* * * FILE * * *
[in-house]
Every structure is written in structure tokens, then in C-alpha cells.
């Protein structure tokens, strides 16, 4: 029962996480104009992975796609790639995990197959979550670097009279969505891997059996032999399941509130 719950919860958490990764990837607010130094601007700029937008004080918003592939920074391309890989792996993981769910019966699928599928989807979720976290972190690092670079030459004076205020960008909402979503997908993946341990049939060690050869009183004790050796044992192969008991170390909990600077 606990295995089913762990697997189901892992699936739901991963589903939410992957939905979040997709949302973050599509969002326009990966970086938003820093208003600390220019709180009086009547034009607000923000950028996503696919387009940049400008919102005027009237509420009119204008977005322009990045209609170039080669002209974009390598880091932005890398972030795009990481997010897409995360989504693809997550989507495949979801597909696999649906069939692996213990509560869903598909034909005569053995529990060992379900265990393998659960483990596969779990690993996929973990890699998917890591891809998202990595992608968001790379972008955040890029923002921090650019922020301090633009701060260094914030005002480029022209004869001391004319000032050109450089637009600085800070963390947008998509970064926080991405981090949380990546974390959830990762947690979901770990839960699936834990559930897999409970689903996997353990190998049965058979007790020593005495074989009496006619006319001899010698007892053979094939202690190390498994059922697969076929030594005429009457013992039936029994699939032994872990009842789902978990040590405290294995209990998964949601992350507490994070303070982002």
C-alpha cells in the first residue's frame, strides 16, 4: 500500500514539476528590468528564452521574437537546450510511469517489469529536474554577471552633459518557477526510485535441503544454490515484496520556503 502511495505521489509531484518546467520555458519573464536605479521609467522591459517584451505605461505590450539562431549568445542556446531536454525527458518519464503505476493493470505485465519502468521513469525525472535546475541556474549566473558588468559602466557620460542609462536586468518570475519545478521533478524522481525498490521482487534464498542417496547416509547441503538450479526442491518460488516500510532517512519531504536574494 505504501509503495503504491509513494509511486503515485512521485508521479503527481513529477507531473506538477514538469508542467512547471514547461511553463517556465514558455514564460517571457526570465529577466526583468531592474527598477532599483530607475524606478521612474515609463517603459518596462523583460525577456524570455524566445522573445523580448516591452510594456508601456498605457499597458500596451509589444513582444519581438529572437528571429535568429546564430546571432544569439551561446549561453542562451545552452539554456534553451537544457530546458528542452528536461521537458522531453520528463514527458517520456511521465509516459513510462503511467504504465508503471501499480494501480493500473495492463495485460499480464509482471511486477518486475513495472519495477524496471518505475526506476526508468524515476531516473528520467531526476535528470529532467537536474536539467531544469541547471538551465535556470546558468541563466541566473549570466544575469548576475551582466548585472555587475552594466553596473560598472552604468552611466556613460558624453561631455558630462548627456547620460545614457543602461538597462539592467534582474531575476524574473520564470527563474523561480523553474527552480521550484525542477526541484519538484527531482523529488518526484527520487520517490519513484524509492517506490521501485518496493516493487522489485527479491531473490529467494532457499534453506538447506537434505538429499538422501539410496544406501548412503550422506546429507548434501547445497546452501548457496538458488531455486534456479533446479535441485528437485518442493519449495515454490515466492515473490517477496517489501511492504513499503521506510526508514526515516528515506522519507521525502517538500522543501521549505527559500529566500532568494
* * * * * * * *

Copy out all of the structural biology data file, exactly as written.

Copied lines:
[in-house]
Every structure is written in structure tokens, then in C-alpha cells.
């Protein structure tokens, strides 16, 4: 029962996480104009992975796609790639995990197959979550670097009279969505891997059996032999399941509130 719950919860958490990764990837607010130094601007700029937008004080918003592939920074391309890989792996993981769910019966699928599928989807979720976290972190690092670079030459004076205020960008909402979503997908993946341990049939060690050869009183004790050796044992192969008991170390909990600077 606990295995089913762990697997189901892992699936739901991963589903939410992957939905979040997709949302973050599509969002326009990966970086938003820093208003600390220019709180009086009547034009607000923000950028996503696919387009940049400008919102005027009237509420009119204008977005322009990045209609170039080669002209974009390598880091932005890398972030795009990481997010897409995360989504693809997550989507495949979801597909696999649906069939692996213990509560869903598909034909005569053995529990060992379900265990393998659960483990596969779990690993996929973990890699998917890591891809998202990595992608968001790379972008955040890029923002921090650019922020301090633009701060260094914030005002480029022209004869001391004319000032050109450089637009600085800070963390947008998509970064926080991405981090949380990546974390959830990762947690979901770990839960699936834990559930897999409970689903996997353990190998049965058979007790020593005495074989009496006619006319001899010698007892053979094939202690190390498994059922697969076929030594005429009457013992039936029994699939032994872990009842789902978990040590405290294995209990998964949601992350507490994070303070982002």
C-alpha cells in the first residue's frame, strides 16, 4: 500500500514539476528590468528564452521574437537546450510511469517489469529536474554577471552633459518557477526510485535441503544454490515484496520556503 502511495505521489509531484518546467520555458519573464536605479521609467522591459517584451505605461505590450539562431549568445542556446531536454525527458518519464503505476493493470505485465519502468521513469525525472535546475541556474549566473558588468559602466557620460542609462536586468518570475519545478521533478524522481525498490521482487534464498542417496547416509547441503538450479526442491518460488516500510532517512519531504536574494 505504501509503495503504491509513494509511486503515485512521485508521479503527481513529477507531473506538477514538469508542467512547471514547461511553463517556465514558455514564460517571457526570465529577466526583468531592474527598477532599483530607475524606478521612474515609463517603459518596462523583460525577456524570455524566445522573445523580448516591452510594456508601456498605457499597458500596451509589444513582444519581438529572437528571429535568429546564430546571432544569439551561446549561453542562451545552452539554456534553451537544457530546458528542452528536461521537458522531453520528463514527458517520456511521465509516459513510462503511467504504465508503471501499480494501480493500473495492463495485460499480464509482471511486477518486475513495472519495477524496471518505475526506476526508468524515476531516473528520467531526476535528470529532467537536474536539467531544469541547471538551465535556470546558468541563466541566473549570466544575469548576475551582466548585472555587475552594466553596473560598472552604468552611466556613460558624453561631455558630462548627456547620460545614457543602461538597462539592467534582474531575476524574473520564470527563474523561480523553474527552480521550484525542477526541484519538484527531482523529488518526484527520487520517490519513484524509492517506490521501485518496493516493487522489485527479491531473490529467494532457499534453506538447506537434505538429499538422501539410496544406501548412503550422506546429507548434501547445497546452501548457496538458488531455486534456479533446479535441485528437485518442493519449495515454490515466492515473490517477496517489501511492504513499503521506510526508514526515516528515506522519507521525502517538500522543501521549505527559500529566500532568494